Be patient and keep moving forward. 

It takes time to adjust to life after rehab, so be patient with yourself and others. There is no reason to rush through things - you have your life to live now! Take things one day at a time. This will help you stay in the present and be grateful for the things you have today. 

Also, remind yourself that time does heal. As you grow stronger in your recovery and re-establish healthy connections with your support circle, you put distance between you and your addiction. You’ll rediscover yourself through the process and who you are as a person. Your addiction may be a part of your story, but it does not define you. 

Tips for sober family fun 

Spending time together as a family is a great way to find common ground and strengthen family ties. Here are some ideas for sober family fun that will bring everyone together! 

  • Try a new sport. Sports are fun because they incorporate physical activity and exercise, both of which release feel-good endorphins in the brain and support a healthy lifestyle. Break out of the normal routine and join a softball league, go swimming or hit the batting cages on the weekends. 
  • Spend time in nature. Another feel-good activity is spending time in nature. Choose an activity that you’ll all enjoy like camping, hiking or bird watching. Being outdoors helps you connect with something greater and practice essential life skills like problem-solving and team building. 
  • Volunteer your time. Is there a cause that’s important to your family? Whether it’s helping animals, preparing meals at the soup kitchen or collecting items for the homeless shelters, there are plenty of ways to give back to your community. Doing this together as a family strengthens bonds and supports your greater purpose. 
  • Explore your local area. Whether you live near a big city or in a rural area, there’s plenty you can explore in your community. Make it a point to enjoy where you live, such as by visiting local museums, libraries, community centers, and other attractions. Most people aren’t even aware of what’s in their own backyards.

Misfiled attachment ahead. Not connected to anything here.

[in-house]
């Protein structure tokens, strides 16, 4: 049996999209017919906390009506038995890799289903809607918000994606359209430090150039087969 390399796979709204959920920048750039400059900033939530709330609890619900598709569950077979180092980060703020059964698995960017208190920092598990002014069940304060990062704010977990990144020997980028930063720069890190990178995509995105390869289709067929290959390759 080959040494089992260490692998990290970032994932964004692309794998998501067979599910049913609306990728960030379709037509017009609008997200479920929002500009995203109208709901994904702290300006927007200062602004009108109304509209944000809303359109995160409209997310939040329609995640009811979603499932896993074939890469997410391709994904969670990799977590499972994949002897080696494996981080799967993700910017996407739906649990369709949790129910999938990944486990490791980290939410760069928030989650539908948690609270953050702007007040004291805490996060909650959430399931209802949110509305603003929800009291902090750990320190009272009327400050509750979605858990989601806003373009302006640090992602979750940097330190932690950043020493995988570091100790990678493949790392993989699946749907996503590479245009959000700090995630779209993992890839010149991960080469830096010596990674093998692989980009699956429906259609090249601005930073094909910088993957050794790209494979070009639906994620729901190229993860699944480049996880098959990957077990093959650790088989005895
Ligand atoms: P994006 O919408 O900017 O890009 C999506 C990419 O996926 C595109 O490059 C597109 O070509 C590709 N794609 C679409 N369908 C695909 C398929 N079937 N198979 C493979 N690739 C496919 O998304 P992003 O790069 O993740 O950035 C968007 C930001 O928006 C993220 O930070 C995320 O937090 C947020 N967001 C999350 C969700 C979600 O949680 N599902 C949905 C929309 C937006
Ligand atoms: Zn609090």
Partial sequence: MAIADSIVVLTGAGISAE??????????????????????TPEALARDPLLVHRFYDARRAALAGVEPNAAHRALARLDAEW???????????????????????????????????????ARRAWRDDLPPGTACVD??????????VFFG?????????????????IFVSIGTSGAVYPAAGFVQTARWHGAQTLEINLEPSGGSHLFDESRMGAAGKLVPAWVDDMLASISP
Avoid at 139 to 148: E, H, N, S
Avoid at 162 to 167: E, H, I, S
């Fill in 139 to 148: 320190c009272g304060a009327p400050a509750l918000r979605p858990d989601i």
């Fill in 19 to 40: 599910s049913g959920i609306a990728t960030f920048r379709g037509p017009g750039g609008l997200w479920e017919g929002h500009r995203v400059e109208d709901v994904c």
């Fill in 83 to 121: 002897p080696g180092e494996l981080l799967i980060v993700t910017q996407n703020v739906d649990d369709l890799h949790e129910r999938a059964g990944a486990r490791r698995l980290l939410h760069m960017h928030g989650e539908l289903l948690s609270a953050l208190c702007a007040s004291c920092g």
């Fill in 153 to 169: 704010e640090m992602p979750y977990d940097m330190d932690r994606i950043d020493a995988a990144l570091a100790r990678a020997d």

• Plan a vacation. It doesn’t have to be anything elaborate - it could be a staycation, camping trip or road trip. Planning for fun is a great way to get everyone talking and sharing their ideas. Once you set out on the trip, you’ll build wonderful memories that you can look back on. 

father and daughter at beach

Support a family-centered recovery with Awakenings Treatment Center 

Family is a powerful thing. Without your loved ones, you probably wouldn’t be where you are today. Just as your family supported you when it was time to get sober, they will continue to be here for you now. Things may not jolt back to normal, but with hard work and a willingness to work your program, you will find that things smooth over in time. Your family loves you and wants you in their life, after all! 

Awakenings Treatment Center has programs for all stages of recovery. Many of our clients choose to work our program so that they have added support as they transition into their everyday lives. If you’d like to learn more about our addiction treatment programs, please contact us today. We have a family education and a family support group that meets weekly for 90 minutes.